The Financial Conduct Authority (FCA) has warned it is working with the Treasury to develop the “clearest possible approach” to debt collection from SMEs that default on government-backed loans.
Among various predictions of businesses defaulting on loans under the Coronavirus Business Interruption and Bounce Back Loan schemes, the FCA has sought to make expectations on collections standards clear, even where lending to SMEs falls outside its remit. The Office for Budget Responsibility has estimated likely rates of arrears through these schemes at around 40%.
In its Perimeter Report 2019/20 published in September, the FCA stated that UK SMEs came to rely on borrowing from both the Bounce Back Loan Scheme (BBLS) and Coronavirus Business Interruption Loan Scheme (CBILS), when many firms were forced to halt operations.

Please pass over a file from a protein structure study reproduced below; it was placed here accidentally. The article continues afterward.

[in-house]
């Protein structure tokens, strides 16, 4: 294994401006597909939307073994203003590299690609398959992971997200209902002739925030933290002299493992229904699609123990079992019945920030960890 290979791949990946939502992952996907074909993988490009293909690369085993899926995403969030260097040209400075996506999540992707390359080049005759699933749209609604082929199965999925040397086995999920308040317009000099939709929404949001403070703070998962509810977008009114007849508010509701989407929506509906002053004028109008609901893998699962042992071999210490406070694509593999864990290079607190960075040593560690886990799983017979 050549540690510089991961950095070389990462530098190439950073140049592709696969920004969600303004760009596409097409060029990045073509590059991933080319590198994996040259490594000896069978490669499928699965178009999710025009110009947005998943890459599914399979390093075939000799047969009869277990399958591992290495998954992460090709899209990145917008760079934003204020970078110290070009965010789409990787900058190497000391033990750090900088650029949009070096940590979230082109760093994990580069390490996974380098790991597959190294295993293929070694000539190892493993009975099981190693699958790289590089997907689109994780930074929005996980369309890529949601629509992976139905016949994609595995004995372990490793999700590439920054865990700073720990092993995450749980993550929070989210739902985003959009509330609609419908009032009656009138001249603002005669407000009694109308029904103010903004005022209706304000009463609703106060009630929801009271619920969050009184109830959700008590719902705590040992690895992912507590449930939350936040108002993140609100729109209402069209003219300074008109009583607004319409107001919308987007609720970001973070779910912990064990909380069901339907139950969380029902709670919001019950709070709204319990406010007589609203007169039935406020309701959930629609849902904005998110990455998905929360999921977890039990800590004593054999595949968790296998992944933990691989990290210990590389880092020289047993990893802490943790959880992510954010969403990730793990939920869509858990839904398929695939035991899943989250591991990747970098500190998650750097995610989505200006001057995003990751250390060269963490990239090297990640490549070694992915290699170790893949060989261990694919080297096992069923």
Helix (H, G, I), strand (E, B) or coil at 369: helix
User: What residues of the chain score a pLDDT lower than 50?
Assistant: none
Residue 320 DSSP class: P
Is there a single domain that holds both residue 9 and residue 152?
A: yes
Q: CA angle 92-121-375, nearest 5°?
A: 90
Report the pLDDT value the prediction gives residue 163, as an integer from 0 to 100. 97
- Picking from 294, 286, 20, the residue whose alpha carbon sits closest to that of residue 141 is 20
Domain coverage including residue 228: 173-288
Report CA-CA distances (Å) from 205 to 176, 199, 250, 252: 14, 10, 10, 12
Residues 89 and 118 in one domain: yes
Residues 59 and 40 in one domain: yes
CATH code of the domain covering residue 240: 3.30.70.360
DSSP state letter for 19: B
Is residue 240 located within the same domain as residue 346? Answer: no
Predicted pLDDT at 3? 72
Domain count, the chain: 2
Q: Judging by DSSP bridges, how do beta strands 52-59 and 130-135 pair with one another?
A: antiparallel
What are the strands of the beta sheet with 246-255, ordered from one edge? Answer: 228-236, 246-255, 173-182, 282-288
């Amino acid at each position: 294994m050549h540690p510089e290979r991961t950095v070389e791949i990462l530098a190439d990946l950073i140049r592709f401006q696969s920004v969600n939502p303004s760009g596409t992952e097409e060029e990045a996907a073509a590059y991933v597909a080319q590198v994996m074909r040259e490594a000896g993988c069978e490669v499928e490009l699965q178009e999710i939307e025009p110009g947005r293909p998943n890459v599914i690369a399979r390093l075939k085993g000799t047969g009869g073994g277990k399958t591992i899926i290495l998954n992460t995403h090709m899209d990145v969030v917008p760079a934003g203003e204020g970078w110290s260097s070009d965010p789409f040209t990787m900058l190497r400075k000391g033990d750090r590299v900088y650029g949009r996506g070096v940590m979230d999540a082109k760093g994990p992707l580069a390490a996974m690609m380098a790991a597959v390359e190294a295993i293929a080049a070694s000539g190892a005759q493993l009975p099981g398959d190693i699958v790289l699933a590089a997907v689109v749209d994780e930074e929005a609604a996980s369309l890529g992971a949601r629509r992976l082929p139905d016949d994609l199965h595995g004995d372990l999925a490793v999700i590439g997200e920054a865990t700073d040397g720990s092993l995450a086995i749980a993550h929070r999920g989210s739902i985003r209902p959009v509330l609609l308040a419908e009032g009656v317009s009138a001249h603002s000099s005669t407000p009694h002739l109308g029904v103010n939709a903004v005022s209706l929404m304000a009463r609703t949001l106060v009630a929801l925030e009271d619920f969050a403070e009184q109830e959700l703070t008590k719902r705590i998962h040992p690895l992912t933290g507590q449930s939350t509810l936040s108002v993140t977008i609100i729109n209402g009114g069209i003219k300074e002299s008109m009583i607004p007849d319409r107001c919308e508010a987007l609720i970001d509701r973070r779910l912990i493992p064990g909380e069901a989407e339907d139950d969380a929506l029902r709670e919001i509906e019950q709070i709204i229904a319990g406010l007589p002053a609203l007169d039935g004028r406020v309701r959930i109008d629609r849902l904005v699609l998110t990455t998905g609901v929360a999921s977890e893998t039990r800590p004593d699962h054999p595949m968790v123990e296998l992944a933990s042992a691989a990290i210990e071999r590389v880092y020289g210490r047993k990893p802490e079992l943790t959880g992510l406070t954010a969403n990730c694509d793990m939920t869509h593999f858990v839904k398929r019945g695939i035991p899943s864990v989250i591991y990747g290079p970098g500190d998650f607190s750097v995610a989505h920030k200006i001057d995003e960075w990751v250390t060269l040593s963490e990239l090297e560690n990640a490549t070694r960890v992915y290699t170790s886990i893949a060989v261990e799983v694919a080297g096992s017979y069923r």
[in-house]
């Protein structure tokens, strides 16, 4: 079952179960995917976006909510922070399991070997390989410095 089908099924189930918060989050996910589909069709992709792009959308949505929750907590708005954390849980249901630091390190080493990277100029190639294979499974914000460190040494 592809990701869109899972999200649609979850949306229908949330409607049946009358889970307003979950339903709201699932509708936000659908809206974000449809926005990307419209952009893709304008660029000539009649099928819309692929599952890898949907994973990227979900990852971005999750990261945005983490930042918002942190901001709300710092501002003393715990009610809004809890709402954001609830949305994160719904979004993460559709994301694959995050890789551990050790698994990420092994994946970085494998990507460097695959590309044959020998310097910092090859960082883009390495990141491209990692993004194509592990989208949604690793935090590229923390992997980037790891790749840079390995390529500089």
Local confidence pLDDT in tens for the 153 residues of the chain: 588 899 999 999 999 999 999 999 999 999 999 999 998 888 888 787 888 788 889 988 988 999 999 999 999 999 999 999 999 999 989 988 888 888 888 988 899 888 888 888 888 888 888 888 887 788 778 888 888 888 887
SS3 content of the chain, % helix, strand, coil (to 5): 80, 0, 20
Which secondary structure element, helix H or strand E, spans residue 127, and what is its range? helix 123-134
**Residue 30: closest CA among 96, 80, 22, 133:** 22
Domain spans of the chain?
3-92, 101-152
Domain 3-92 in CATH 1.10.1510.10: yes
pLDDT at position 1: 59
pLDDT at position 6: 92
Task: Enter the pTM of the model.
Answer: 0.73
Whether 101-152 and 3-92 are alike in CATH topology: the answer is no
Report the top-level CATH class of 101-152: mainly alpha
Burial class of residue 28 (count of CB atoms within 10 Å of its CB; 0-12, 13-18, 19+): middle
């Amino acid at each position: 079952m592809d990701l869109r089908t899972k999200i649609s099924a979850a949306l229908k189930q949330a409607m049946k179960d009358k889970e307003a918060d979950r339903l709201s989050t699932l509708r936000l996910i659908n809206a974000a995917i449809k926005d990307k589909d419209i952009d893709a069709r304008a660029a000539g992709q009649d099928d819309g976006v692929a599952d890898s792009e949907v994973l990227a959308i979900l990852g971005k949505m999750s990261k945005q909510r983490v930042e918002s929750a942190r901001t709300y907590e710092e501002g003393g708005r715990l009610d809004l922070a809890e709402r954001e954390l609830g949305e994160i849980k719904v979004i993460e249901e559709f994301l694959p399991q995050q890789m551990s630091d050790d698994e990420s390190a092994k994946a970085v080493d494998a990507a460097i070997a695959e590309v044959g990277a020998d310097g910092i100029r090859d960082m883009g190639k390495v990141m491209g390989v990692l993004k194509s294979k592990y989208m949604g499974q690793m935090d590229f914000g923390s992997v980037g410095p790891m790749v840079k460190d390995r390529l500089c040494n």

The regulator said that while SME lending had been a “longstanding perimeter issue as our regulation only covers lending of £25,000 and under to sole traders and relevant recipients of credits”, the current climate could “expose more SMEs to unfair treatment”.
The report put the amount lent in the second quarter of 2020 under the scheme at about £48bn, prompting the FCA to state that “the scale of potential harm that may arise in the future has resurfaced debate about the FCA’s perimeter on SME lending”.
Lending under both schemes is “largely unregulated”, it warned.
The report added: “We have worked closely with the government as they implemented these schemes and will continue to work with the Treasury as it develops the approaches to collections and recovery activities relating to scheme loans.
“It is in the interest of small businesses, lenders, government and regulators alike to have the clearest possible approach to collections of these loans.”